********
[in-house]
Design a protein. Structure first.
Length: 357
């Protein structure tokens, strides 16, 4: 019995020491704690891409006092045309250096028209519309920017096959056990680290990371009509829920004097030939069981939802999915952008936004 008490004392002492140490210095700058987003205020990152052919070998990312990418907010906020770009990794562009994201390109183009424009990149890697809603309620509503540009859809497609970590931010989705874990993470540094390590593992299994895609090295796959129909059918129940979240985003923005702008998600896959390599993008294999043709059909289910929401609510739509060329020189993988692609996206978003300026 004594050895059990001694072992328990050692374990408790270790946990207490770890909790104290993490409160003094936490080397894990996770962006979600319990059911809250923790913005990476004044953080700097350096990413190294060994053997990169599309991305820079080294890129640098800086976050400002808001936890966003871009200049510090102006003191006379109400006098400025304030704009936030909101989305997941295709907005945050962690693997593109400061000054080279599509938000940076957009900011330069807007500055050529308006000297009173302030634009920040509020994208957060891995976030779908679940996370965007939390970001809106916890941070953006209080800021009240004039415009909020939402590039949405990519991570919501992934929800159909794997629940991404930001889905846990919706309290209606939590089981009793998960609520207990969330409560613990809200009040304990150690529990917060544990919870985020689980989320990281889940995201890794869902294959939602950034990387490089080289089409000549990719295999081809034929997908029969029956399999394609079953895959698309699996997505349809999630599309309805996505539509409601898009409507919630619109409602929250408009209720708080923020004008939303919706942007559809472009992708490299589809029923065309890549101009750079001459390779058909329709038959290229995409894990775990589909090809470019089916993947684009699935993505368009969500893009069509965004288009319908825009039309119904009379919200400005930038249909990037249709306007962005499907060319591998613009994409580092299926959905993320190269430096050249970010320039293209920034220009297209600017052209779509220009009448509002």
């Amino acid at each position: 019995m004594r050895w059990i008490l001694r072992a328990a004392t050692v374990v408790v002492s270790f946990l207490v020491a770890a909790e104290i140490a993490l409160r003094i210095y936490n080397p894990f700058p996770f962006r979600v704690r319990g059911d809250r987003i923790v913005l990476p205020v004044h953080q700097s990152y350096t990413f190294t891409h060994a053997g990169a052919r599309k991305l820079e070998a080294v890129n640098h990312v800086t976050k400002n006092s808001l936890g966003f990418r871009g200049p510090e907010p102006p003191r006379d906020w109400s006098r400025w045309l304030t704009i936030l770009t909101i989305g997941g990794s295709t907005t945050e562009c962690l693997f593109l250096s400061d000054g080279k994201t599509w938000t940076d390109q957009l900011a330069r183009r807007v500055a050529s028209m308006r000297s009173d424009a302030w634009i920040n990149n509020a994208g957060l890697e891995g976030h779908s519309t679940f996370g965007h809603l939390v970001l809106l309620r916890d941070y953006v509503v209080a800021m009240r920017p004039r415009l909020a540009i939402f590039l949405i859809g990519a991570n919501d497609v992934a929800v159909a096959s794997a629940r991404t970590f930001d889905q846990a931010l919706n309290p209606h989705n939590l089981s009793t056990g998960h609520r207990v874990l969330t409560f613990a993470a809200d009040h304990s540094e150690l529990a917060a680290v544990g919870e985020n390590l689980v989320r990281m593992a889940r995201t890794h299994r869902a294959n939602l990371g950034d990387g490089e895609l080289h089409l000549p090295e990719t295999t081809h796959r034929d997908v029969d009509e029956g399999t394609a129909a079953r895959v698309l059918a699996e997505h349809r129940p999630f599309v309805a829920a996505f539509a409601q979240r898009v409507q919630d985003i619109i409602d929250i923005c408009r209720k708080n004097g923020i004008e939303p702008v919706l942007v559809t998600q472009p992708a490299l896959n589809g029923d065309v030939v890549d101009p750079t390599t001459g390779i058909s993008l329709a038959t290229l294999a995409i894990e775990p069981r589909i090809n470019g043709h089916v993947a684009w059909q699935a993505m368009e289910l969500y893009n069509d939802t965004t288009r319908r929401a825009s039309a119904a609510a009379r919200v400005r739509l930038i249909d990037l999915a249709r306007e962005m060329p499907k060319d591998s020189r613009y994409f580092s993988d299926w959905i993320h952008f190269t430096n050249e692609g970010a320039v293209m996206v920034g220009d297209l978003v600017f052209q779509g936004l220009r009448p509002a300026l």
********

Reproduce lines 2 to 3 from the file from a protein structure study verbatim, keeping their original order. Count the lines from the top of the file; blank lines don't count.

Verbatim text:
Design a protein. Structure first.
Length: 357